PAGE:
The history of the tear bottle is captivating and poignant. Legends of tear bottles or lachrymatories abound in stories of Egypt and middle eastern societies. Tear bottles were prevalent in ancient Roman times, when mourners filled small glass vials with tears and placed them in burial tombs as symbols of love and respect.
30 miles northwest of Thermopolis, Wyo. Ice Age paintings and carvings in Europe are revered as sublime achievements of early humans, yet the prehistoric rock art in the American West is far less known. At Legend Rock in central Wyoming, 10,000 years of profound beliefs are inscribed on red sandstone cliffs
Half billion year old hammer embedded in rock that formed 400 MILLION years ago ~ Archaeologists analysed and dated it. The rock encasing the hammer was dated to more than 400 million years old. The hammer itself turned out to be more than 500 million years old. A section of the wooden handle had begun the metamorphosis into coal. The hammer’s head, made of more than 96% iron, is far more pure than anything nature could have achieved without assistance from relatively modern smelting…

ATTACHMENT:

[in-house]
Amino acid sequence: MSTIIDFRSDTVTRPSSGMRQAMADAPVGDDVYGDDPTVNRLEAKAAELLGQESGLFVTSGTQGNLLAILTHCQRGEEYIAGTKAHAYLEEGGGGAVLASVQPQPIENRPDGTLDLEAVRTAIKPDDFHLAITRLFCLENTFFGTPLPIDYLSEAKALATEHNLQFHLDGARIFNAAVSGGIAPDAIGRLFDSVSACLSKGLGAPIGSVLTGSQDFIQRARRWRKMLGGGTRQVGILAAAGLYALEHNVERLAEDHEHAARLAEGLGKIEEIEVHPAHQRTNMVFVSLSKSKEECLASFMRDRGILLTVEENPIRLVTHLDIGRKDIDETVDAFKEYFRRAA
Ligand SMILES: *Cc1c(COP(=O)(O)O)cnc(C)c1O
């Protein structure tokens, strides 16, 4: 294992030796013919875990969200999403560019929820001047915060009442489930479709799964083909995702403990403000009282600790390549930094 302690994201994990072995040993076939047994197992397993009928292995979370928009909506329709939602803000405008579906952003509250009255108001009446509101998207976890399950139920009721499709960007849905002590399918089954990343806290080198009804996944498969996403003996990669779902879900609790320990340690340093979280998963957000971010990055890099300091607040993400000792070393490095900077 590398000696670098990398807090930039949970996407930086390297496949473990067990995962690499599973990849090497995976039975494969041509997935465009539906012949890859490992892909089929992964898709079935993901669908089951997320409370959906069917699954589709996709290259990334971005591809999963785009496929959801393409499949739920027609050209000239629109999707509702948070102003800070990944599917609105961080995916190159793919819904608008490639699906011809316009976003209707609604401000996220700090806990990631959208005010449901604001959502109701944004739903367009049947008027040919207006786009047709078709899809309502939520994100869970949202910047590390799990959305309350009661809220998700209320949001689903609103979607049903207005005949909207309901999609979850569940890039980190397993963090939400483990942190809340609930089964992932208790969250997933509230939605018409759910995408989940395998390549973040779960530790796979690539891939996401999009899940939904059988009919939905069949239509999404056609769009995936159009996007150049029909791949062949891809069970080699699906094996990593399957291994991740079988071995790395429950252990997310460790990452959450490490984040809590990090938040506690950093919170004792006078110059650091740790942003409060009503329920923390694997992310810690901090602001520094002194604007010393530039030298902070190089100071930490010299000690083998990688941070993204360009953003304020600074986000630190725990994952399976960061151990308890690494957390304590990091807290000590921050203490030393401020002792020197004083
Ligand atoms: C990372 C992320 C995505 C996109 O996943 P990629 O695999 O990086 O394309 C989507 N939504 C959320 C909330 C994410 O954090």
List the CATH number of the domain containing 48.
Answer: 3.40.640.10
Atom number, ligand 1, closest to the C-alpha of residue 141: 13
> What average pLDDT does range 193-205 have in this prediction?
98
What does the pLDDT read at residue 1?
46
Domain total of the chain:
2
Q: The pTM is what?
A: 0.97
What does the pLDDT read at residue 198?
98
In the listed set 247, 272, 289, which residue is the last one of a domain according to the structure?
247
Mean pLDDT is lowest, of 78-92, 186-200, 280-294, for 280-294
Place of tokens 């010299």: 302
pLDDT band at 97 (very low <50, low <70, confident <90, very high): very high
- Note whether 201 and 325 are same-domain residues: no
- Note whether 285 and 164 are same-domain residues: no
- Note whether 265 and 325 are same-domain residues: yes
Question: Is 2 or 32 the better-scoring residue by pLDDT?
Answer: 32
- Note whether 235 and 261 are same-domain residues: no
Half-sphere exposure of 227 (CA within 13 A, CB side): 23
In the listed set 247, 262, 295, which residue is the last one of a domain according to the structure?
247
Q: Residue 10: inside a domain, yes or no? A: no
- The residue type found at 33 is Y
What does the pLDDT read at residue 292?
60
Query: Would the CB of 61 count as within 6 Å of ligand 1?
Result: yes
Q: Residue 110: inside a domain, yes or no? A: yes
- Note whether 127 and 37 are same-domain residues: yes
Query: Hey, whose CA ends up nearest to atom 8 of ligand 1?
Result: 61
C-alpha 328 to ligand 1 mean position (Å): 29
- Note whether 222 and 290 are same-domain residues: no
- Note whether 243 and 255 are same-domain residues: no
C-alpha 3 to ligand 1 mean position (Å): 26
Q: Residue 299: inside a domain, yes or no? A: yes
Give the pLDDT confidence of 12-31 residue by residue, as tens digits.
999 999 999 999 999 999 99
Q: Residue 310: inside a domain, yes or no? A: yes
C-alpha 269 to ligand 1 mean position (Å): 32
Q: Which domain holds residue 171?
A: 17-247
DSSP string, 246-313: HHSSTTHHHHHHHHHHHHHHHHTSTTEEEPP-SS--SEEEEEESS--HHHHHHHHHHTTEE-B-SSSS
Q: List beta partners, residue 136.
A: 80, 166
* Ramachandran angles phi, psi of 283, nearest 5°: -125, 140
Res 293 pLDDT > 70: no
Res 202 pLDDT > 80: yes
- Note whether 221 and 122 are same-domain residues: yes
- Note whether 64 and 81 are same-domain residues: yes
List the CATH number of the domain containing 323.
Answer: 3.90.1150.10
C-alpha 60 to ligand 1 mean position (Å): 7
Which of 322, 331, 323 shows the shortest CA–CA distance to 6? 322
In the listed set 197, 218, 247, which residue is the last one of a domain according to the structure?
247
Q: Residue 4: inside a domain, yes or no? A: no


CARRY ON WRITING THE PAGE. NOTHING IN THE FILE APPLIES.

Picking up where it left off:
“This may be a 17th C charmstone…where round crystals are found set in silver on a chain for dipping into liquids as charms against disease. Such crystal balls were often found in Northern European burials of the early Middle Ages (especially Germanic, Merovingian and Anglo-Saxon). Meaney suggests these balls were frequently complemented with a sieve-spoon and were mostly found in female burials.”
STAR GATES: Nestling on the slopes of Wangsan, one of the peaks in the Jirisan region (Korea), is a giant weighing 127 tonnes. Its carved with ornate designs. It rests flat against the mountainside, and is said to be one of the strongest sources of ki anywhere. Rest your hands on the rock for a minute, and you will benefit from that energy.